Using Cybersecurity in Insurance Fraud Investigations
Posted in Legal Alerts on May 12, 2023
In the past, insurance fraud detection consisted of employees manually poring over data and investigating potentially fraudulent claims. While the human element was sometimes effective, many instances of fraud got past gatekeepers and cost insurance companies large amounts of money. As insurance fraudsters have gotten more sophisticated, insurance companies have needed to stay one step ahead of them. At the very minimum, they need to keep pace with modern criminality.
Insurance companies have increasingly turned to both artificial intelligence and cybersecurity to weed out fraudulent claims. Hackers and fraudsters have certainly been able to leverage advancing technology to become more effective at what they do. Insurance companies have learned to successfully invest in technology, so they can predict, respond, and react to scams that cost them money.
Insurance Fraud Is a Growing Problem for the Industry
In the aggregate, insurance fraud likely costs the U.S. economy over $300 billion each year, and this loss estimate has grown faster than the rate of inflation. When fraudsters succeed, the consumer pays the price. Insurance companies are forced to pass the costs of fraud off to consumers in the form of higher premiums. This can cause a domino effect throughout various aspects of the economy. For example, if an employer is required to pay higher insurance premiums because of fraud, the increased costs could put pressure on their bottom line and curtail the raises they give employees. Raising premiums is something insurance companies often do to remain financially solvent in the face of escalating costs, such as the costs of insurance fraud.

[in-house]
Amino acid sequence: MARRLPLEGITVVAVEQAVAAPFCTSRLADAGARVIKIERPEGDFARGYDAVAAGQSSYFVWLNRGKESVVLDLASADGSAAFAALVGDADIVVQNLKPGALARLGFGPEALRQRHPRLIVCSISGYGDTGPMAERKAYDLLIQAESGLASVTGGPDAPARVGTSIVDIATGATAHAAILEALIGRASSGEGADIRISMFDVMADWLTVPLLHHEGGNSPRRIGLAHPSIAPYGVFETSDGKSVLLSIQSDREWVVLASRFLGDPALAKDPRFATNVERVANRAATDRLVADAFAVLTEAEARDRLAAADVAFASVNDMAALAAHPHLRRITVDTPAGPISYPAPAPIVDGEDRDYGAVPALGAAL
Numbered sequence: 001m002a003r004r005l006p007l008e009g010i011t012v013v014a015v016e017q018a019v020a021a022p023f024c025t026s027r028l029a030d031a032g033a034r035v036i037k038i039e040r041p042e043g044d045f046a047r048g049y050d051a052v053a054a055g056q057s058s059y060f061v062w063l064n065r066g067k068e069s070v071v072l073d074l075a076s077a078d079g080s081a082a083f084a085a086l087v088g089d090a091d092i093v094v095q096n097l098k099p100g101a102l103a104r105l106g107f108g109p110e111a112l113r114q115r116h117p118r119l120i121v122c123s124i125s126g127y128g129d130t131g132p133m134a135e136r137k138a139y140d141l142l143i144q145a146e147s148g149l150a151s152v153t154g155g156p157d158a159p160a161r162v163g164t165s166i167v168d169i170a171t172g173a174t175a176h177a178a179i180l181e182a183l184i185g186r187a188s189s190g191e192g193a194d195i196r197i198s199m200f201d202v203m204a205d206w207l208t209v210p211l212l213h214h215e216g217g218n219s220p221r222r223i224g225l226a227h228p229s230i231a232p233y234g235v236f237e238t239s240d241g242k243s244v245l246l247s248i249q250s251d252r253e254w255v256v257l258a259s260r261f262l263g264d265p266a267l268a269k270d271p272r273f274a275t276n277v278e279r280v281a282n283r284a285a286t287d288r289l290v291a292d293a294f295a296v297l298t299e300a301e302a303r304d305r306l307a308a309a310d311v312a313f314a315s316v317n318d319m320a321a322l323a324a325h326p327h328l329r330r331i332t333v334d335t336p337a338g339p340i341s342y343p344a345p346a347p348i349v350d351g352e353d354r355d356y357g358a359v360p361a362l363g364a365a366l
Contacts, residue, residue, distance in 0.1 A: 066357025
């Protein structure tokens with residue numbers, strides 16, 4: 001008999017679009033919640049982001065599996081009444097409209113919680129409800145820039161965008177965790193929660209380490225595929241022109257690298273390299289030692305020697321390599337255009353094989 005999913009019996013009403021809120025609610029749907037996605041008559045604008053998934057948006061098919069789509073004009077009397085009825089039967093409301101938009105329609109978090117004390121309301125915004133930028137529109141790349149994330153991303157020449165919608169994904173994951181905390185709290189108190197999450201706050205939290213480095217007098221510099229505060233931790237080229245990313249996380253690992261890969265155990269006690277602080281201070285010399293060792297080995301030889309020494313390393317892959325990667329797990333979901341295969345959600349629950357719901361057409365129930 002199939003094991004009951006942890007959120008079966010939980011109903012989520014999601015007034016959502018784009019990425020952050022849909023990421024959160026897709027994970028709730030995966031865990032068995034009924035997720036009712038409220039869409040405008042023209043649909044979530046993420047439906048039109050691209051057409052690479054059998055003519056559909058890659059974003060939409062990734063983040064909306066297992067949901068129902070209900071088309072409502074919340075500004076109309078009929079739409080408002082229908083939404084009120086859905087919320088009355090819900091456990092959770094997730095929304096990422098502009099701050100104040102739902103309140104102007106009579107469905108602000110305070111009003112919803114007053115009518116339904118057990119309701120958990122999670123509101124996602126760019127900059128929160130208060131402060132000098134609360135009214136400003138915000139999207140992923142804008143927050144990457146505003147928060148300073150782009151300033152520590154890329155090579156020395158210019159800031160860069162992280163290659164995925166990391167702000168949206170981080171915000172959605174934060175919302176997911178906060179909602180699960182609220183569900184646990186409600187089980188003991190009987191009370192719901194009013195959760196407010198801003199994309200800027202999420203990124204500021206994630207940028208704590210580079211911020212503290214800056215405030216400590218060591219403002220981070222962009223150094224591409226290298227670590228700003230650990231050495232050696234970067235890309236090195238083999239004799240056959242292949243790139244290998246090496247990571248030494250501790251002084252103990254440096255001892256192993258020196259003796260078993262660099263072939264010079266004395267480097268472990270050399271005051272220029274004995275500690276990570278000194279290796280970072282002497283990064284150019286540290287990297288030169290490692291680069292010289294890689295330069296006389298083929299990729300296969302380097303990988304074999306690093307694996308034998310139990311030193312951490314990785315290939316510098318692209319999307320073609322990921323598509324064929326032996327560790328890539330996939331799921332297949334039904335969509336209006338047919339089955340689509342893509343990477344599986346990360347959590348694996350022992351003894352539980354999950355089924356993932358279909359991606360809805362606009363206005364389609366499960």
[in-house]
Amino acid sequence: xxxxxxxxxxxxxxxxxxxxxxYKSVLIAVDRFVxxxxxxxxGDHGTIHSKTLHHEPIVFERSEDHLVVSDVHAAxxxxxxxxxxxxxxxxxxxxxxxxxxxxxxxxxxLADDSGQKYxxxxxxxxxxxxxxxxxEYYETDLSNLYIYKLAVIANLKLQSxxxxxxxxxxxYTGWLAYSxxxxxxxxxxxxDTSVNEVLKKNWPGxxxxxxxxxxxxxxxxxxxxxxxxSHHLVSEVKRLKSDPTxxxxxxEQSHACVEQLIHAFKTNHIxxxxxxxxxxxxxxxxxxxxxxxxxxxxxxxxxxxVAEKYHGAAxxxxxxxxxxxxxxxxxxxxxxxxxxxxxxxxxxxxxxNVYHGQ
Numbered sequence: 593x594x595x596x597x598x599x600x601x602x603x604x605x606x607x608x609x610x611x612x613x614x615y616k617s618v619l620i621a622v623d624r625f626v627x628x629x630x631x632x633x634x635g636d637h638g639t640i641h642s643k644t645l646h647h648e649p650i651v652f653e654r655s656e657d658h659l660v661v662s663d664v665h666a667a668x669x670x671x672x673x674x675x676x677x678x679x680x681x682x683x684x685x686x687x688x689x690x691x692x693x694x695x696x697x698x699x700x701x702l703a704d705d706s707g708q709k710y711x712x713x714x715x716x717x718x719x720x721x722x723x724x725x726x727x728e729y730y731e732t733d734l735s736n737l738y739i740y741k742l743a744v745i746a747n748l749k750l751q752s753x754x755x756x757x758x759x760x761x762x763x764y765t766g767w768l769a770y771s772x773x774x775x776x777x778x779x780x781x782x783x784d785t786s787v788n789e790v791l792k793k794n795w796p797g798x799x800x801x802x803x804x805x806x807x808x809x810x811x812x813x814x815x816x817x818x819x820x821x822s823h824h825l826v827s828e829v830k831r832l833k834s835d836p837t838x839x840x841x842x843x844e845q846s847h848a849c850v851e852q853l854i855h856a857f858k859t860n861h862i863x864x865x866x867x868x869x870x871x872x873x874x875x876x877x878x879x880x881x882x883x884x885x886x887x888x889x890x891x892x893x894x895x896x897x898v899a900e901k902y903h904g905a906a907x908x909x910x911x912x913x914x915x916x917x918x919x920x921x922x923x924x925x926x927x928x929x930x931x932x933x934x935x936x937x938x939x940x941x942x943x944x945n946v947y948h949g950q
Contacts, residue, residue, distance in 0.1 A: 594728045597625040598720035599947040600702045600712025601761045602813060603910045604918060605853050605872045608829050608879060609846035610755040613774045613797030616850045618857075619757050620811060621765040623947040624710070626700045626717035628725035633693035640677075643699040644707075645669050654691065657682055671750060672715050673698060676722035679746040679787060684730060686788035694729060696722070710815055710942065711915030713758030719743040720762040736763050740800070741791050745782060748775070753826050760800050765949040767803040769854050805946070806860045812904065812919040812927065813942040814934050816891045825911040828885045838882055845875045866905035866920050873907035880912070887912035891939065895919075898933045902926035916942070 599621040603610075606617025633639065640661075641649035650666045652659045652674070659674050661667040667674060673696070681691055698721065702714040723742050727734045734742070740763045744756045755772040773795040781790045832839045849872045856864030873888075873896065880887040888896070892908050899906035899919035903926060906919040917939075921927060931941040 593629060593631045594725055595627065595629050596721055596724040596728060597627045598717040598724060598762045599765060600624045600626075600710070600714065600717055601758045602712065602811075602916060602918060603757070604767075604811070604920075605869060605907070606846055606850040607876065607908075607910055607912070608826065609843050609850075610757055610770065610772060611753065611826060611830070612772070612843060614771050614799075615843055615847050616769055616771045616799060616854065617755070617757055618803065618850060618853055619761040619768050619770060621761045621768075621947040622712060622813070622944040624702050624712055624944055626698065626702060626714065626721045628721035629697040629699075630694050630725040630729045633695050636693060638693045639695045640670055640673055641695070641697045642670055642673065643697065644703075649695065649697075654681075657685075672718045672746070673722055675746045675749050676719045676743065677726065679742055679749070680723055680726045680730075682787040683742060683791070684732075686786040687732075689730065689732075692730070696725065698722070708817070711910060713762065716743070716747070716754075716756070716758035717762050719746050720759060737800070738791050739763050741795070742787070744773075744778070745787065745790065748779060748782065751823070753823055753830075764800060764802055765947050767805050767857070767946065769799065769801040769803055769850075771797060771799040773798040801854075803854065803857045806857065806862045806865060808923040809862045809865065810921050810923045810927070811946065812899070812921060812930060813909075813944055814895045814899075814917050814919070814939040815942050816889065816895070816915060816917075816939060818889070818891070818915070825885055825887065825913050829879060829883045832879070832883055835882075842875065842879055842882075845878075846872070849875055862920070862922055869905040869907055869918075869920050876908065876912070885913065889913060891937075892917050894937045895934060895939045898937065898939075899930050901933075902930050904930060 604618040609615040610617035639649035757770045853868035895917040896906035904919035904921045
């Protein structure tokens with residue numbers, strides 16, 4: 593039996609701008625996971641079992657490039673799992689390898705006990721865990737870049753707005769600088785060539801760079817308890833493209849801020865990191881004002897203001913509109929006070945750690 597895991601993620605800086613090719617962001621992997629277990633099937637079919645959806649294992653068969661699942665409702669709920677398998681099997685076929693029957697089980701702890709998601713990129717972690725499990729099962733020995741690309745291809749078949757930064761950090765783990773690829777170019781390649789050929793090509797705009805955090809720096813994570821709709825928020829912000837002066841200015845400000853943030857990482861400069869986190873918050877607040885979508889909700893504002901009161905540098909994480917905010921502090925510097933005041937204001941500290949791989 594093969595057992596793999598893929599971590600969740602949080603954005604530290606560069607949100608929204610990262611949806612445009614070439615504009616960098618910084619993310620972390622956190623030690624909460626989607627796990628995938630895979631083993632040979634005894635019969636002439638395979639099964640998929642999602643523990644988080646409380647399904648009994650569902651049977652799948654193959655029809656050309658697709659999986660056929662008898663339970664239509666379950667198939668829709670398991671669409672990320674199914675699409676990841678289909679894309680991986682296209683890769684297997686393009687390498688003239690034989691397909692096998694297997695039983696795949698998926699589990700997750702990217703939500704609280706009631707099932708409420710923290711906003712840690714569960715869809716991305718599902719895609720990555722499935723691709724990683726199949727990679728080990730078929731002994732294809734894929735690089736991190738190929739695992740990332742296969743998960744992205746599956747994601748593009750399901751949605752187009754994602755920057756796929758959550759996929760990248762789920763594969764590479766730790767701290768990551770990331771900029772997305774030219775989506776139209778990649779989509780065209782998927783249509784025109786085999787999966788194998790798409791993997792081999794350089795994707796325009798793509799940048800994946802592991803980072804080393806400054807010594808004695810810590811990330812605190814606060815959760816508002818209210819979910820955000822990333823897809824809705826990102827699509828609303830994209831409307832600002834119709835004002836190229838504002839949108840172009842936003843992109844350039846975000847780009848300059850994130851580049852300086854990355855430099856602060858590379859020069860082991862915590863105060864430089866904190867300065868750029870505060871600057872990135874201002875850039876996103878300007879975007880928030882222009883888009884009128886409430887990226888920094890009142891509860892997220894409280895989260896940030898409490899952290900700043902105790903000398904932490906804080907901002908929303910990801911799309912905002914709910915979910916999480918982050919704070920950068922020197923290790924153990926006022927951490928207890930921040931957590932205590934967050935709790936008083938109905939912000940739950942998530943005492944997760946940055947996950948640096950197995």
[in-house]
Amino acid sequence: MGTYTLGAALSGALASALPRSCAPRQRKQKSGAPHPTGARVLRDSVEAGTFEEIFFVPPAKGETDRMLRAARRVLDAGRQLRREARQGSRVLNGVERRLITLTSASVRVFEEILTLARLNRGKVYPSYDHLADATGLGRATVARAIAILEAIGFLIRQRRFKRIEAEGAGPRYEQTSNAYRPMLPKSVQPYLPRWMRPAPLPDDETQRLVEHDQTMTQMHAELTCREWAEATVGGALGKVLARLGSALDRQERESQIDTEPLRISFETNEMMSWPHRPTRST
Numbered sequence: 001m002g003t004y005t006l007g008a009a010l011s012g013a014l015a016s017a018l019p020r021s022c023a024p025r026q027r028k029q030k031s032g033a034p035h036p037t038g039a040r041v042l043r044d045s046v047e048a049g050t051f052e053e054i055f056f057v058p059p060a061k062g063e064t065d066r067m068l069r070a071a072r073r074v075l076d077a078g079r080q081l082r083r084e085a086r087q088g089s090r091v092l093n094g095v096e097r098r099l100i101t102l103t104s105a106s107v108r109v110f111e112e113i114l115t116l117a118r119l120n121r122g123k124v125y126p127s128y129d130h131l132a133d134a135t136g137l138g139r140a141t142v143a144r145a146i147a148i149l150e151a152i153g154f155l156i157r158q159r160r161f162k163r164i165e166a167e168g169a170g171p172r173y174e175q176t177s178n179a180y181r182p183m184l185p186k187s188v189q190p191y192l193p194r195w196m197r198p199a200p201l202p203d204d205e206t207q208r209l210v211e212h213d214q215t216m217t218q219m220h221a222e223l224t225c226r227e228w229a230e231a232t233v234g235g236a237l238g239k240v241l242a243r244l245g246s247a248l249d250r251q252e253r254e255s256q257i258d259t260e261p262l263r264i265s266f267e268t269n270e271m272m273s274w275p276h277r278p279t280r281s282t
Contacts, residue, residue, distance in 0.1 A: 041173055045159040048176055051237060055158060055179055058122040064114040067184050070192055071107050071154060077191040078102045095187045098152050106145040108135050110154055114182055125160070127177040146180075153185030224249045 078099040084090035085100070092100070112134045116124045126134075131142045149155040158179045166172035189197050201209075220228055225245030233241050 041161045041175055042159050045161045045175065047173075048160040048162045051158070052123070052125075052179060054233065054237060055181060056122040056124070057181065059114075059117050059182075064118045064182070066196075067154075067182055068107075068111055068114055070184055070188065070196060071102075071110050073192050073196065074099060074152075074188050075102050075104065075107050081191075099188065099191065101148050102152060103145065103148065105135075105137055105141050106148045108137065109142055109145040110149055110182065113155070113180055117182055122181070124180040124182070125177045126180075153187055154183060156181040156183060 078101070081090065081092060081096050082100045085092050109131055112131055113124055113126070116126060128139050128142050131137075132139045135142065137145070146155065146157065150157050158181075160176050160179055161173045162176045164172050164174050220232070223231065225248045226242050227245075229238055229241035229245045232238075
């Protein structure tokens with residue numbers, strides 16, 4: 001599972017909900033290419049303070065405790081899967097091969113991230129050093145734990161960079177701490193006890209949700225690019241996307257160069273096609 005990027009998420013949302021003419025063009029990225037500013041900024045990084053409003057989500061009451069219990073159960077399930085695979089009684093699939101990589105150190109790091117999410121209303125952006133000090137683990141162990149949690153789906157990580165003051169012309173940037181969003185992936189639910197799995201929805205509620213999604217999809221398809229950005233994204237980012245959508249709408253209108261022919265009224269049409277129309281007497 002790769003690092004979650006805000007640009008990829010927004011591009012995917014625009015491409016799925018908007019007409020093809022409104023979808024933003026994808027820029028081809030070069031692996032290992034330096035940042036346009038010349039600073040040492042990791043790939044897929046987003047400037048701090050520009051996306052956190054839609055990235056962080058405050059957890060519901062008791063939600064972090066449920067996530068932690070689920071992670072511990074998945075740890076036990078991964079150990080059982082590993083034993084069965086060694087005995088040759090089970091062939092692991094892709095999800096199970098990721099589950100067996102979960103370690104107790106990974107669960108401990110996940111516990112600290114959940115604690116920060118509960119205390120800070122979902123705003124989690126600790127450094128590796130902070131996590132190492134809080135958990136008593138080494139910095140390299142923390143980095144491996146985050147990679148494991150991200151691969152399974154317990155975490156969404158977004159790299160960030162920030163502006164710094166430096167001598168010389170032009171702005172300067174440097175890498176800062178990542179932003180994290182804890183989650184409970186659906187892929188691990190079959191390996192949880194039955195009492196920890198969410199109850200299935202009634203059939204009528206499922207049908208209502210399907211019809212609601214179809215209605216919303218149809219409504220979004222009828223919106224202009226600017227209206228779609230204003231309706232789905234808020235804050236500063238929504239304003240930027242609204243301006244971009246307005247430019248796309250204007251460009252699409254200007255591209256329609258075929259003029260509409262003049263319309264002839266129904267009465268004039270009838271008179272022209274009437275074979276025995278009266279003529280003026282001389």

The fact that insurance companies are required to respond to claims within a certain time period would ordinarily make it even more difficult to root out fraud in a timely manner. Insurers must scale up their ability to fight fraud, and technology helps them do so.
Artificial Intelligence Is Helping the Industry in Many Ways
Insurance companies are turning to a number of innovative methods to detect fraud. Artificial intelligence now stands on the front lines of fraud prevention. Insurance companies can use technology like AI to screen claims and avoid the inefficient manual effort that takes too much time and is not always effective. When processing claims, insurance companies are under some time pressure because delays could open them up to legal liability.
Artificial intelligence can help by detecting anomalies. Most legitimate customers will file their insurance claims a certain way. Insurance companies use machine learning to establish a baseline for claims. The baseline could then be used to compare newly filed claims against all existing claims. The insurance company would then soon know about outliers, so it can promptly launch an investigation. The insurance company would still pay legitimate claims, but at least it would know when it needs to further screen questionable ones.
Technology Allows for Predictive Analytics